Left side abdominal pain at night for years

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Hoping someone might have some new ideas. I am a 31 year old female. I have had stomach pain the left side of my abdomen for 4+ years now. It is just under the bottom of the left ribcage and radiates to my back.

99% of the time this pain occurs at night and it is currently happening almost nightly. It started several years ago as maybe once a month but has definitely progressed in the past couple years and is more frequent and more painful. Pain ranges from moderate to severe and can last for hours.

When the pain comes I experience nausea, occasional vomiting (but most often dry heaving), occasional bloating, and sometimes chest pain on the left side. Eating and drinking definitely seems to make the pain worse. Daily, I experience early satiety (but with no weight loss) extreme fatigue and weakness.

I have have been seeing a gastroenterologist and have had the following tests performed: 2x endoscopy, colonoscopy, 2x barium swallow series of x rays, normal x rays, ultrasound, blood work/urine tests, HIDA scan. The ultrasound did show gallstones, but since the pain is always on the left they don't think it is related and won't perform surgery.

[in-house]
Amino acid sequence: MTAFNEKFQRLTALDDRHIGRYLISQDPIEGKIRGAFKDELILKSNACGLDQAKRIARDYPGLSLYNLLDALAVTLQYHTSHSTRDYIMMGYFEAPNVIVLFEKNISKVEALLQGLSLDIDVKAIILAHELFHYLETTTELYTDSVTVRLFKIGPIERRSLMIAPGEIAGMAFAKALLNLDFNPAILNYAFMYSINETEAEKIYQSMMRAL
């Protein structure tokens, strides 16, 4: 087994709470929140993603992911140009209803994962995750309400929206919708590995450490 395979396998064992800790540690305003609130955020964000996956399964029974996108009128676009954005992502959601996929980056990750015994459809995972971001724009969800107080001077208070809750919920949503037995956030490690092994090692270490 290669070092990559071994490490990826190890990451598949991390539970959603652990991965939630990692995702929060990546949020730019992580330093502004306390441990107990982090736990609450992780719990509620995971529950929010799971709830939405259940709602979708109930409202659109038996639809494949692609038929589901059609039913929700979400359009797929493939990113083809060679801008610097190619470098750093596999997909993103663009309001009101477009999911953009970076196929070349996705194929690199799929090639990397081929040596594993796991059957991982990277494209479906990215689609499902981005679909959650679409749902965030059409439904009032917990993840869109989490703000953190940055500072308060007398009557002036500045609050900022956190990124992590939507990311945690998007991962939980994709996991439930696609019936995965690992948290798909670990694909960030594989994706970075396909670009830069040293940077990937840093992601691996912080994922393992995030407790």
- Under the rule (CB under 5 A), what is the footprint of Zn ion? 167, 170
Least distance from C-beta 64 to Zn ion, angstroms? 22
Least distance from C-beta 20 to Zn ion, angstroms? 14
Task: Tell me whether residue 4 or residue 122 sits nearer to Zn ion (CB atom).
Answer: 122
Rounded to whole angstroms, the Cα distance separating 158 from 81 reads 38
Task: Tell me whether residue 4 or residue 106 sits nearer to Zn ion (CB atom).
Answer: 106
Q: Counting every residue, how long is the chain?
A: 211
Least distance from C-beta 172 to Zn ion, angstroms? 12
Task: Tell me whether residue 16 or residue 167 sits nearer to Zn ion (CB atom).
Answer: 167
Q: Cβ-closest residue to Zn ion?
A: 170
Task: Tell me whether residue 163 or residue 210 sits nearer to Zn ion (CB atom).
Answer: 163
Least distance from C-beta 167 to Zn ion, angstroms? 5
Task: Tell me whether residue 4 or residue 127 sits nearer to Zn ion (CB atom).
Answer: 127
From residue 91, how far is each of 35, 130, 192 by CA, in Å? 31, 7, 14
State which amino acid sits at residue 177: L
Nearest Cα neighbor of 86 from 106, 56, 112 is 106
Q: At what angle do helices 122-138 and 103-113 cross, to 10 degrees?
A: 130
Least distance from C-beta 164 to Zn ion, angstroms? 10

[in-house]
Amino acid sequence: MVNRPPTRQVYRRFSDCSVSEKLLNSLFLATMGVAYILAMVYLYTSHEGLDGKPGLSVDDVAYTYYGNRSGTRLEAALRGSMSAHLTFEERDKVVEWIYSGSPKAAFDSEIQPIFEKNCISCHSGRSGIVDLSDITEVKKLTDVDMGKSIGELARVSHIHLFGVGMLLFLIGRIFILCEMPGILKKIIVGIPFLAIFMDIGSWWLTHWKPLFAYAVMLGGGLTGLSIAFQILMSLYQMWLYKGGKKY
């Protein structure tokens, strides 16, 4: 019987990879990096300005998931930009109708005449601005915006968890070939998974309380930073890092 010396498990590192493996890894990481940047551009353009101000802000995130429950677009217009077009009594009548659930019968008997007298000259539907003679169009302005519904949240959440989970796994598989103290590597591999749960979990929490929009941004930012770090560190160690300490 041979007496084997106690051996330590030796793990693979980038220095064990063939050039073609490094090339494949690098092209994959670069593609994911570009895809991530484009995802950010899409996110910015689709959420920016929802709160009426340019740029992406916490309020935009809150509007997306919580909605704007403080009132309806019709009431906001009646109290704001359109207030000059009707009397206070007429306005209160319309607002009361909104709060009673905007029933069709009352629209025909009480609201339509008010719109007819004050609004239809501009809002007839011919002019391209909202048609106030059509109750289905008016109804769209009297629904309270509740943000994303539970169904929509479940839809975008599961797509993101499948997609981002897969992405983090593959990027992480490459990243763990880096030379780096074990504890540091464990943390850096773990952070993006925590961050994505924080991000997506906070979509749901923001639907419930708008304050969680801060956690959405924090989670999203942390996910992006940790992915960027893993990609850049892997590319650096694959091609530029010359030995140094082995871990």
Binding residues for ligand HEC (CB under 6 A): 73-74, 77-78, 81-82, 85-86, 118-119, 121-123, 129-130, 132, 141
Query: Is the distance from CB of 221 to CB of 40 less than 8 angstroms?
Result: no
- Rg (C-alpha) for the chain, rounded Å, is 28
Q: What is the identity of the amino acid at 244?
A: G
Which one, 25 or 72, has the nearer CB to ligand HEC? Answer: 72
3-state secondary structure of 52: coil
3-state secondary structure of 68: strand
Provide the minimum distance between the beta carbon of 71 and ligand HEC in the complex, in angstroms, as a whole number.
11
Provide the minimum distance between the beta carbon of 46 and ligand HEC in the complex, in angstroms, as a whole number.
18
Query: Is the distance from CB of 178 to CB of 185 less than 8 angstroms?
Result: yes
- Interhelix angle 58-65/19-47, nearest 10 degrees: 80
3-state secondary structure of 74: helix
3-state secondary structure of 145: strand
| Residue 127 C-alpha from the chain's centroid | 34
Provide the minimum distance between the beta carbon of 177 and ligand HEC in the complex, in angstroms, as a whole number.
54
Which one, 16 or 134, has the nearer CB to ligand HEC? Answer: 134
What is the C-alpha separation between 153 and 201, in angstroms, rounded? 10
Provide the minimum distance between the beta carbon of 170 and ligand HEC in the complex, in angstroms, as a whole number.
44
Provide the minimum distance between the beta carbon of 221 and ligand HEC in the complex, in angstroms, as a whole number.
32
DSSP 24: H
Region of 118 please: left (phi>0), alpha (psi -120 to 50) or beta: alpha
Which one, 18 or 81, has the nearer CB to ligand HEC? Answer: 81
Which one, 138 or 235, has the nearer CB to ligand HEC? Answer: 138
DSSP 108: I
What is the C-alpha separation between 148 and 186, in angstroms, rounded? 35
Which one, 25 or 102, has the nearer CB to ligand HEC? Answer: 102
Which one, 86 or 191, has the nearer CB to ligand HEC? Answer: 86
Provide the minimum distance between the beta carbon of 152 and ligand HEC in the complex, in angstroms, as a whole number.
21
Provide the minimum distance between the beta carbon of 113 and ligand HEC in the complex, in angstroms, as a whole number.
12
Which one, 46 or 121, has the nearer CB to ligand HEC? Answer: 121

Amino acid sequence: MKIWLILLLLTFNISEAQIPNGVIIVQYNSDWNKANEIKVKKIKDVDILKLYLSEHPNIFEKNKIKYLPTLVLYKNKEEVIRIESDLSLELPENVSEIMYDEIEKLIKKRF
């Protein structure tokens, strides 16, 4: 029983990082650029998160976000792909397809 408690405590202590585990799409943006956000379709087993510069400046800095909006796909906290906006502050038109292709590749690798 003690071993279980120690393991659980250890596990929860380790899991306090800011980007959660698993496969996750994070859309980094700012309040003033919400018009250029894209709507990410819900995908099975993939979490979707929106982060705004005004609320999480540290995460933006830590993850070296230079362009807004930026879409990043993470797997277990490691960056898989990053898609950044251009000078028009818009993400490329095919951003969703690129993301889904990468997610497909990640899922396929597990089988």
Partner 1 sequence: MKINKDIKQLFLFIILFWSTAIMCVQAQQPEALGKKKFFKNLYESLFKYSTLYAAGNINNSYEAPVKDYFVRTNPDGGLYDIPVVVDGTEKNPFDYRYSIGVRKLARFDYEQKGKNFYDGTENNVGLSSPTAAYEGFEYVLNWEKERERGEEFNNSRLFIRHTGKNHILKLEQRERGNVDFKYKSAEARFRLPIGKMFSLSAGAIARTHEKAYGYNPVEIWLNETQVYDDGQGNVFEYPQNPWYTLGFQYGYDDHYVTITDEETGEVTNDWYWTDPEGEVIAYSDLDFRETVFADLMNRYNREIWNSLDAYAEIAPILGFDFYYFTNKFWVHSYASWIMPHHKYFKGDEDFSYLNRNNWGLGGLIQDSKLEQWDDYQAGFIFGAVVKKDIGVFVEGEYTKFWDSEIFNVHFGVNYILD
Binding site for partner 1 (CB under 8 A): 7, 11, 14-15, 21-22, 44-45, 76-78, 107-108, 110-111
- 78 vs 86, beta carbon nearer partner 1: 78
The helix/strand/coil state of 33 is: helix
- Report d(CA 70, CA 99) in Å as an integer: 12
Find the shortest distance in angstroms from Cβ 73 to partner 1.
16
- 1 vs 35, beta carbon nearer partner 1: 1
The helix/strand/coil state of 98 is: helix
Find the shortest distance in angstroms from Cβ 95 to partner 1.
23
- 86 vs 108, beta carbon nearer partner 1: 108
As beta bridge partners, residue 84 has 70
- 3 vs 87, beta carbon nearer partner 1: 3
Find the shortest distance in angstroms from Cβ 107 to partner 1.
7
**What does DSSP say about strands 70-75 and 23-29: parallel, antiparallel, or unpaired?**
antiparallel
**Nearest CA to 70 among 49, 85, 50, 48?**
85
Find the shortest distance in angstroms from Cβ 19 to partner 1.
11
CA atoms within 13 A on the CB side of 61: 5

I am at my wits end. I am getting 2-3 hours of sleep at night on average and then still getting up every day to go to work. I am in so much pain every night and I fear I may have to quit my job because I feel so weak and exhausted all the time. My relationships are suffering and I am depressed because I don't feel like anyone understands what I am going through.

Has anyone experienced anything similar that can offer possible insight? I am at a loss and desperately need relief!

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  • Posted

    Which country do you live in?

    Have you thought about a CT with contrast? Also maybe seeing another specialist, possibly an upper GI surgeon?

    Ask for all the copies of your scans and maybe get another radiologist to view them. I think a second opinion is really important. There is a possibility you could be having referred pain from the gallstones.

    Are you taking any medication for your stomach?

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    • Posted

      Hi. I am in Canada. I have asked for a CT scan and MRI, but was told it wouldn't show anything that wouldn't have already shown up on one of the other tests. I will try asking again at my next appointment.

      I saw two surgeons regarding my gallbladder and both refused to take it out. We did talk about the possibility that the pain was linked to the gallbladder in some way (backwards pain receptors for example) but they felt it was so unlikely that they didn't really entertain the idea.

      I asked my GP to set me up for a second opinion awhile ago, but it hasn't happened yet. I think she is hesitant because it is insulting to the specialist I am seeing already. I will try that again too and will try to get copies of my scans as well.